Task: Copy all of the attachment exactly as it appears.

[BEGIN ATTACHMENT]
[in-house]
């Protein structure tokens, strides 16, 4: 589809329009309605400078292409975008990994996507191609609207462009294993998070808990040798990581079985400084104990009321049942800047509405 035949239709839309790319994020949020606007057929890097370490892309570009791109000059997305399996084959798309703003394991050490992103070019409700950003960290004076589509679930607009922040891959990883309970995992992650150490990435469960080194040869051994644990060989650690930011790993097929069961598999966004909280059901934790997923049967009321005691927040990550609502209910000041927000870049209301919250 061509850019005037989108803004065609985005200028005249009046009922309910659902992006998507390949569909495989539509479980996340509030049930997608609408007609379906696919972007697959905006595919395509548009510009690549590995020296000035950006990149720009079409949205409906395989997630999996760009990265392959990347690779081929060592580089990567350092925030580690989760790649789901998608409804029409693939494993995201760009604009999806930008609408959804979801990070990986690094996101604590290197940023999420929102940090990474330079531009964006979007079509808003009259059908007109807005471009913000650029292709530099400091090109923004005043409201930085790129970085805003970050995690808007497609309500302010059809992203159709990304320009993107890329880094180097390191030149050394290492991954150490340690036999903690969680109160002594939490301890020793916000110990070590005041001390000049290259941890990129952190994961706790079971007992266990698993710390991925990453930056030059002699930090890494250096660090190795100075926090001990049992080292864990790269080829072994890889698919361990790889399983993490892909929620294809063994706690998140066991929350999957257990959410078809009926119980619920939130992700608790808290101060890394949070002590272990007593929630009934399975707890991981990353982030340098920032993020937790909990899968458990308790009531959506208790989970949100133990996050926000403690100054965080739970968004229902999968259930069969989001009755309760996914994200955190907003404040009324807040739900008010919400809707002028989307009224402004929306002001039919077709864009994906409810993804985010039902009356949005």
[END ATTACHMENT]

[in-house]
């Protein structure tokens, strides 16, 4: 589809329009309605400078292409975008990994996507191609609207462009294993998070808990040798990581079985400084104990009321049942800047509405 035949239709839309790319994020949020606007057929890097370490892309570009791109000059997305399996084959798309703003394991050490992103070019409700950003960290004076589509679930607009922040891959990883309970995992992650150490990435469960080194040869051994644990060989650690930011790993097929069961598999966004909280059901934790997923049967009321005691927040990550609502209910000041927000870049209301919250 061509850019005037989108803004065609985005200028005249009046009922309910659902992006998507390949569909495989539509479980996340509030049930997608609408007609379906696919972007697959905006595919395509548009510009690549590995020296000035950006990149720009079409949205409906395989997630999996760009990265392959990347690779081929060592580089990567350092925030580690989760790649789901998608409804029409693939494993995201760009604009999806930008609408959804979801990070990986690094996101604590290197940023999420929102940090990474330079531009964006979007079509808003009259059908007109807005471009913000650029292709530099400091090109923004005043409201930085790129970085805003970050995690808007497609309500302010059809992203159709990304320009993107890329880094180097390191030149050394290492991954150490340690036999903690969680109160002594939490301890020793916000110990070590005041001390000049290259941890990129952190994961706790079971007992266990698993710390991925990453930056030059002699930090890494250096660090190795100075926090001990049992080292864990790269080829072994890889698919361990790889399983993490892909929620294809063994706690998140066991929350999957257990959410078809009926119980619920939130992700608790808290101060890394949070002590272990007593929630009934399975707890991981990353982030340098920032993020937790909990899968458990308790009531959506208790989970949100133990996050926000403690100054965080739970968004229902999968259930069969989001009755309760996914994200955190907003404040009324807040739900008010919400809707002028989307009224402004929306002001039919077709864009994906409810993804985010039902009356949005």